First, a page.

India: Ip Environment In India - An Insight Of Opportunities And Threats

Last Updated: 16 March 2017
Article by Monika Shailesh

India is believed to have an incredible potential to become one of the world's leading markets and hub for the innovation, research and development. Intellectual property industry is assessed to have a huge growth potential in the current Indian and Global context. Intellectual Property Rights (IPRs) unarguably are emerging as a strategic business tool for any business organization to enhance its competitiveness. India has proven its endurance by not only withstanding the global economic slowdown but also emerged as one of the fastest growing economy across the globe. Over the last few years, with slogans like "Creative India: Innovative India"–"Make in India" the Government of India has been trying to position itself to be a pro-IP, knowledge-driven economy capable of competing with developed and developing countries in protecting and promoting innovation and other IPR in an array of industries. Lately, we have seen a paradigm shift towards high quality and value added ideas and innovations. Intellectual Property provides exclusive rights to the inventors or the manufacturer of the respective IP Property which in turns enables them to reap out the commercial benefits from the innovative idea or design. IPR provides some kind of granted monopoly and this is the main cause that inspires innovators to come up with innovations and new ideas. IPR also provides an added advantage of safety from the competitors.

Comprehending that invention is the engine for the growth of affluence and national competitiveness in the 21st century; The President of India has declared 2010 as the 'Decade of Innovation'. Declaration of 2010- 2020 as the innovation decade can be seen as a desperate attempt towards making the Indian IP environment more healthy and supportive towards the indigenous as well as the international innovators. National Innovation Council (NInC) has been setup under the Chairmanship of Mr. Sam Pitroda, He will act as an adviser to the PM to discuss, to analyze and to help implement strategies for inclusive innovation in India and prepare a Roadmap for Innovation 2010- 20201. Government of India has recently approved the new IPR policy 2016 on May 13, 2016, which targets to encourage escalate awareness about and administer Intellectual Property in India. IP offices across the country are being transformed to increase the efficiency in processing the applications. Patent offices have been directed to ensure uniformity and consistency in the examination of applications. A Roadmap to increase the bilateral cooperation at global level and raising the public awareness level has been set up. Mass recruitment of Patent and trademark examiners are planned to take care of the ever increasing backlogs. Startups have a very inadequate possessions and manpower and can sustain in the cut throat competition only through continuous growth and development oriented innovations. For them the union Government of India has started a facility of faster allocation of patents under the "Tatkal" scheme. Startups are also facilitated with the reduced patent examination fee. These facilities are also available to the innovators who file their patents first in India. The new provisions introduced in the Patents Rules by way of 2016 amendments seek to grant patent within two and a half years and within one and a half year by March 2018 which otherwise used to take about five to seven years. To clear the backlogs the government of India has recruited large number of Examiners in each of the technological department at the Patent Office.. Further, by 2016 amendment, the official fee for withdrawing an application for patent has been waived off and now the applicant can also claim a refund of 90% of examination fee in case the withdrawn application is not examined at the Patent Office. Accordingly, applicants are encouraged to withdraw application for which the applicant is "not interested" in acquiring a patent, thereby, automatically reducing the Examiner's load to some extent.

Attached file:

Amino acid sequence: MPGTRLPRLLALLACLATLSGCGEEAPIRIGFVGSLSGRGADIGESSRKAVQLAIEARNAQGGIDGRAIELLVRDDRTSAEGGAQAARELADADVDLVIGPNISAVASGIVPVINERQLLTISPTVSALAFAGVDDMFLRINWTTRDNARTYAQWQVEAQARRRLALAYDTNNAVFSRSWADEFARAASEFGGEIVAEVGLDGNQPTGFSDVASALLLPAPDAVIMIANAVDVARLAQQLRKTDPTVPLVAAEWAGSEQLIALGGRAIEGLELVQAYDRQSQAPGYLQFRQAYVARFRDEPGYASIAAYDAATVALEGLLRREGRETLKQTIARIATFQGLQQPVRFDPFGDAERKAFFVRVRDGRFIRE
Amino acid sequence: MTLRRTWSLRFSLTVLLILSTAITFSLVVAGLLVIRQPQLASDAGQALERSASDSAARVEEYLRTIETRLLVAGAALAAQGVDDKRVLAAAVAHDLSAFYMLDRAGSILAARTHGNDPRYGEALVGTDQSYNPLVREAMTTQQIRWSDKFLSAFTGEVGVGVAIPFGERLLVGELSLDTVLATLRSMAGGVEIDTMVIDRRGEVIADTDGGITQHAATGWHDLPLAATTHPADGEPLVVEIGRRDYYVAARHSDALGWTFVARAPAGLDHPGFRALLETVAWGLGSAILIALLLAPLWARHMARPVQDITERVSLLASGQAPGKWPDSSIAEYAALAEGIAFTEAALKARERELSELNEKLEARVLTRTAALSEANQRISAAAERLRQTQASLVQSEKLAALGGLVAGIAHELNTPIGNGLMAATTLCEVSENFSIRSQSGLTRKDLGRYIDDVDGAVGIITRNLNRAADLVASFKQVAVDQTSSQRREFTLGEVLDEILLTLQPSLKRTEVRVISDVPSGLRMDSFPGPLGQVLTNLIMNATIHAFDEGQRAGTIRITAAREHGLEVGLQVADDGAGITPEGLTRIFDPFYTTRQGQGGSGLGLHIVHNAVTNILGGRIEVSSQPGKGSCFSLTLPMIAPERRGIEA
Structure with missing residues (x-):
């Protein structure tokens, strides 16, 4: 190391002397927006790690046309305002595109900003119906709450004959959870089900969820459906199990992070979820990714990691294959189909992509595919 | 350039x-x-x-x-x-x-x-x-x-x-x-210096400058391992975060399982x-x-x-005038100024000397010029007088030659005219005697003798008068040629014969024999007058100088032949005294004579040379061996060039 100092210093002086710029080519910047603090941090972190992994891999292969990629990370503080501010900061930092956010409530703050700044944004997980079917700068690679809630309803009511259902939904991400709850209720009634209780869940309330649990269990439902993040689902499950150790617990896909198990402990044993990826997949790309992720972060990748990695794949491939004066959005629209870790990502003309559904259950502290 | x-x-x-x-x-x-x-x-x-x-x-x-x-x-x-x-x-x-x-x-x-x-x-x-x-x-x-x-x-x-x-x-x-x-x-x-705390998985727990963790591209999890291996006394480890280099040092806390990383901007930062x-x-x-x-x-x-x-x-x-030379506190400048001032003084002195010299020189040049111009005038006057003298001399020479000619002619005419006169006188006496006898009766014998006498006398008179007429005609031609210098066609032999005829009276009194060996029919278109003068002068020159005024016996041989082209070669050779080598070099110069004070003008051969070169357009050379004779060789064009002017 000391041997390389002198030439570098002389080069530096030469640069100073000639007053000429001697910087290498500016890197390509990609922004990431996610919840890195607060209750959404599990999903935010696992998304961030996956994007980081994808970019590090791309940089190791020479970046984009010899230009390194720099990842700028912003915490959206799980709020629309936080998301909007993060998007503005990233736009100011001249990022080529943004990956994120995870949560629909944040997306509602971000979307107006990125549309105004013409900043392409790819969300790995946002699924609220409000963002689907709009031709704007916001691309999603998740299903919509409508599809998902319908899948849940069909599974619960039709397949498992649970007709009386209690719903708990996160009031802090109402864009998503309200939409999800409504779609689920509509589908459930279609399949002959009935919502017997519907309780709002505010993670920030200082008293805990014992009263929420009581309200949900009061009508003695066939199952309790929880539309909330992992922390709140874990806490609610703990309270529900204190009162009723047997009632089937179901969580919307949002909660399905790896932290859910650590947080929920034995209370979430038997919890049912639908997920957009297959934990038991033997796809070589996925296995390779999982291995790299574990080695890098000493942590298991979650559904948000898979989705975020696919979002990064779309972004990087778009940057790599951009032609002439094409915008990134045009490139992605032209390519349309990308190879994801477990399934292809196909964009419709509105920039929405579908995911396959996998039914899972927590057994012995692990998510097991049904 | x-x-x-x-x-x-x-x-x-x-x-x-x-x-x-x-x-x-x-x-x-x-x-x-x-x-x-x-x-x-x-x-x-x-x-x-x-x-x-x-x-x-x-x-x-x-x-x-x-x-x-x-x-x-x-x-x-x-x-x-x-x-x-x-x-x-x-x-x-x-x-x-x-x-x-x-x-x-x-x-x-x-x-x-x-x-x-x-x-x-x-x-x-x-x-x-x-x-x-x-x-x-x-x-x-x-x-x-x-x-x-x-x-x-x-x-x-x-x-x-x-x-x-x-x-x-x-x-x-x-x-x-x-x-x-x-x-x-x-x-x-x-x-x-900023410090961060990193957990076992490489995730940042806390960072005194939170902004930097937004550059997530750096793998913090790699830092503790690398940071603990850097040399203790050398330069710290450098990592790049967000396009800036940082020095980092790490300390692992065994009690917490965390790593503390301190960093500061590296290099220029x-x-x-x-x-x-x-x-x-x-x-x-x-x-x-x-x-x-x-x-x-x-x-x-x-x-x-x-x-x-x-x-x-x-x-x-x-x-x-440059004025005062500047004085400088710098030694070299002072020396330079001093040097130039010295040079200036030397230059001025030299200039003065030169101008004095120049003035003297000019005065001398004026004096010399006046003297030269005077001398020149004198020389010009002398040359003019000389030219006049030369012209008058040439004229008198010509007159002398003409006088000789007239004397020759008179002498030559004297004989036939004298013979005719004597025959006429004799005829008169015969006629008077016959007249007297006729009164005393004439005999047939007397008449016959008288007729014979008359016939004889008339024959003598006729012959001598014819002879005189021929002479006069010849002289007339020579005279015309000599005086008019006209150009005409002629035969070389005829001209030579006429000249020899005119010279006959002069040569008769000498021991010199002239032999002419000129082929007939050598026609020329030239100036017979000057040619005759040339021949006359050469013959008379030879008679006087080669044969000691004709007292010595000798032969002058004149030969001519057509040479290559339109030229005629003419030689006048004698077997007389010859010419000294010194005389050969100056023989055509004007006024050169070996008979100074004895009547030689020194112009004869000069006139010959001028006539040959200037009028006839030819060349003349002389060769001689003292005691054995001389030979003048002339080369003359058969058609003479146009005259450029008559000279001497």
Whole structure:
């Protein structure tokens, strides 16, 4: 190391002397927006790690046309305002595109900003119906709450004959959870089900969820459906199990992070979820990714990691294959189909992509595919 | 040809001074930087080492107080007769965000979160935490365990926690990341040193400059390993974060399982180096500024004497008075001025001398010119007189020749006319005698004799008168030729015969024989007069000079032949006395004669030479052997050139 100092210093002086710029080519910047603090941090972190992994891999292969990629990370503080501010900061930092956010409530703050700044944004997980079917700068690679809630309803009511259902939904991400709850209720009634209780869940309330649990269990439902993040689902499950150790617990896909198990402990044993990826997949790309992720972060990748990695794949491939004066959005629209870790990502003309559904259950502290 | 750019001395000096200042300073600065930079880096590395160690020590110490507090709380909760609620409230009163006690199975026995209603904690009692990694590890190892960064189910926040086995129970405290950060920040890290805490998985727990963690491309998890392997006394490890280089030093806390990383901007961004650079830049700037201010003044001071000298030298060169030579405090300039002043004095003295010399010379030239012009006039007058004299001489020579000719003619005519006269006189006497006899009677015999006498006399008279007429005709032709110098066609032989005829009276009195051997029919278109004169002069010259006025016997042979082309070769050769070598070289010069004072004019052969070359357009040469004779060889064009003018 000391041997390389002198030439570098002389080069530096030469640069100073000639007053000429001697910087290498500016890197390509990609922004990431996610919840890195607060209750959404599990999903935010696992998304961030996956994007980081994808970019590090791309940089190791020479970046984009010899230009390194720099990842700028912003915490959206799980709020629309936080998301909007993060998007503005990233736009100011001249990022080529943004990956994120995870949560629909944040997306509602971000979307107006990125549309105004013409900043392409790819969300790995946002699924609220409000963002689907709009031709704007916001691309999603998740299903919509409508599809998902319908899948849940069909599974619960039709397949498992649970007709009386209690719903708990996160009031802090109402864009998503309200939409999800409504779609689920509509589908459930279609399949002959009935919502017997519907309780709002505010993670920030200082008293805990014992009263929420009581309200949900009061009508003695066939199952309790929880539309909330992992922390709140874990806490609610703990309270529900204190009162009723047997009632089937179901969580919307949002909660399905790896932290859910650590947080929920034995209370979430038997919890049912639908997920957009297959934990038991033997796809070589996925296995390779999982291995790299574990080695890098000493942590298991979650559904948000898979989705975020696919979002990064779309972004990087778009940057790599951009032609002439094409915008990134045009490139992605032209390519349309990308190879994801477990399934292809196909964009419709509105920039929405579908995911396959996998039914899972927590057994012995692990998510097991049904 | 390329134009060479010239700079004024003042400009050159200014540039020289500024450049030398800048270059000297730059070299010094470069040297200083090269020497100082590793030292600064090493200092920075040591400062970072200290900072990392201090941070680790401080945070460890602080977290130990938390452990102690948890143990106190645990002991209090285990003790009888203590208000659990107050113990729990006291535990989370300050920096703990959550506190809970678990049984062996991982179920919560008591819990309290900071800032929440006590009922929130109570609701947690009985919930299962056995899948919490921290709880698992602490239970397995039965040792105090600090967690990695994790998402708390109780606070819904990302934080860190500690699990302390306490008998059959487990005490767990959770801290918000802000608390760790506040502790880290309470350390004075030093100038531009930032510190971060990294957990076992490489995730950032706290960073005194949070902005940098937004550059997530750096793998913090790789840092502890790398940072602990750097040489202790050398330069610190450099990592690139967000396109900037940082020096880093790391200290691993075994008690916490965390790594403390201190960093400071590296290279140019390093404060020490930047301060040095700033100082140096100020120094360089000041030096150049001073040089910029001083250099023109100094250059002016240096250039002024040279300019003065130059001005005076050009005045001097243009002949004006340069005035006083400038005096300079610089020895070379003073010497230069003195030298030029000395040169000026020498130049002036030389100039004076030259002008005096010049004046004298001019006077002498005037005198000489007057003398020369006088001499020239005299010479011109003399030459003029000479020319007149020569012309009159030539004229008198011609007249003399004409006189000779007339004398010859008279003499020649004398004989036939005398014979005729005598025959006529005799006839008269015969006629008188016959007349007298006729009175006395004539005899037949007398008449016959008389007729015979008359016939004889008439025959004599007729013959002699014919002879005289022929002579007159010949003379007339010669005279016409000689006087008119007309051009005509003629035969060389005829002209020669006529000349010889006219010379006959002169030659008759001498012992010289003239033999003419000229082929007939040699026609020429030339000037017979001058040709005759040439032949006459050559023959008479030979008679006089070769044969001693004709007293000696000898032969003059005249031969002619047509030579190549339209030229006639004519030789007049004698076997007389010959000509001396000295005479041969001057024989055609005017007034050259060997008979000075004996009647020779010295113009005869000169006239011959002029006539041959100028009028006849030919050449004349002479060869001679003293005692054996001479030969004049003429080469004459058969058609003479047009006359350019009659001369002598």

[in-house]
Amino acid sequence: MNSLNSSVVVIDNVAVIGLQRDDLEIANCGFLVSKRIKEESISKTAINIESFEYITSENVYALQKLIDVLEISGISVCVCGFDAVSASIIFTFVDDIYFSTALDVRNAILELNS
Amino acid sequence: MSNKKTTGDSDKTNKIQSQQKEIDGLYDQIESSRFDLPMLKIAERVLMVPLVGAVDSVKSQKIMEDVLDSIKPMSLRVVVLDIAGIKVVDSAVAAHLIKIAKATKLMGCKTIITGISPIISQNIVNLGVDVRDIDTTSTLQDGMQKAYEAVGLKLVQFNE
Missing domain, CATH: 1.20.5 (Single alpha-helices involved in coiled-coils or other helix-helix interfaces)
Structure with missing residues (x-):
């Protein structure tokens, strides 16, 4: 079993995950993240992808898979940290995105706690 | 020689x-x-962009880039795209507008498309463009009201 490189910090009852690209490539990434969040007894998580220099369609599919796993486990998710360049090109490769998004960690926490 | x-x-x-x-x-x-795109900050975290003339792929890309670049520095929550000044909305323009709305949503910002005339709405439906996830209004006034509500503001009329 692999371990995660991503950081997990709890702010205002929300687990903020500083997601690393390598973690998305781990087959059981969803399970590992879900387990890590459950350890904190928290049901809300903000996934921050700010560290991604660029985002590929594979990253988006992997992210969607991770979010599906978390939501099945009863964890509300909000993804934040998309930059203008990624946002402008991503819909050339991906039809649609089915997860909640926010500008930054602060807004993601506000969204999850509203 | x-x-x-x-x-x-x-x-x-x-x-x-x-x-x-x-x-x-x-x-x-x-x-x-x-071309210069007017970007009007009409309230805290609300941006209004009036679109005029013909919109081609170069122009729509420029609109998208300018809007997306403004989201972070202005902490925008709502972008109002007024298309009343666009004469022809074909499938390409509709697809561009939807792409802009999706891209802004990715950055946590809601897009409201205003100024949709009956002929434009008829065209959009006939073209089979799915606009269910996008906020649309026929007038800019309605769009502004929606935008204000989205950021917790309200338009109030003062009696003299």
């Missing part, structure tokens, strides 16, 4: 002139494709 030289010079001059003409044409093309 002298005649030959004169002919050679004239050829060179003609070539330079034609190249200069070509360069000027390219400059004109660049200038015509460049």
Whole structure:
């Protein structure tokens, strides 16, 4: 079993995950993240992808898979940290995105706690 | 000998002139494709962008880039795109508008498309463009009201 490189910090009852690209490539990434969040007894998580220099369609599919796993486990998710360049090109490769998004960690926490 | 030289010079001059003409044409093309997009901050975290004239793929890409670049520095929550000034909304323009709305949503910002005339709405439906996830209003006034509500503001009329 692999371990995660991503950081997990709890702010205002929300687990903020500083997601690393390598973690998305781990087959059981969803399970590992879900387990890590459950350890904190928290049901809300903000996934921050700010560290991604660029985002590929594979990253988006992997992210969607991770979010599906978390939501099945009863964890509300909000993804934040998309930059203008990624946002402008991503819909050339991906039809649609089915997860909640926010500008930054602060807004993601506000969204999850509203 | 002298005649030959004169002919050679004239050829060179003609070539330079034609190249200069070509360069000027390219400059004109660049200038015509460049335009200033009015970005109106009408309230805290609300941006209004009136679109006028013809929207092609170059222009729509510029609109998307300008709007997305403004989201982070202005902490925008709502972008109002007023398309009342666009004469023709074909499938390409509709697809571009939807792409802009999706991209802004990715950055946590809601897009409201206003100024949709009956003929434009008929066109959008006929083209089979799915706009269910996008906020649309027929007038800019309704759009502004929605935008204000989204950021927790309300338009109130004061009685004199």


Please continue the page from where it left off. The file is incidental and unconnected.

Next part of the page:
The Indian Government acknowledges that even after taking some major steps towards improving the overall IPR environment in the country, we still need to strike a balance in the IPR regime, its protection and effective promotion.. For instance, it will be obligatory for the administration to provide effect to the full essence and scope of the National IPR Policy, which endorses a host of methods including the periodic review and changes to the existing IPR legal and regulatory framework and creating a credible IPR enforcement system. Indian IP laws have many provisions for administrative, civil and criminal remedies for infringement of the IPR; however ineffective enforcement is one of the biggest problems that inhibit the growth of IP industry in the country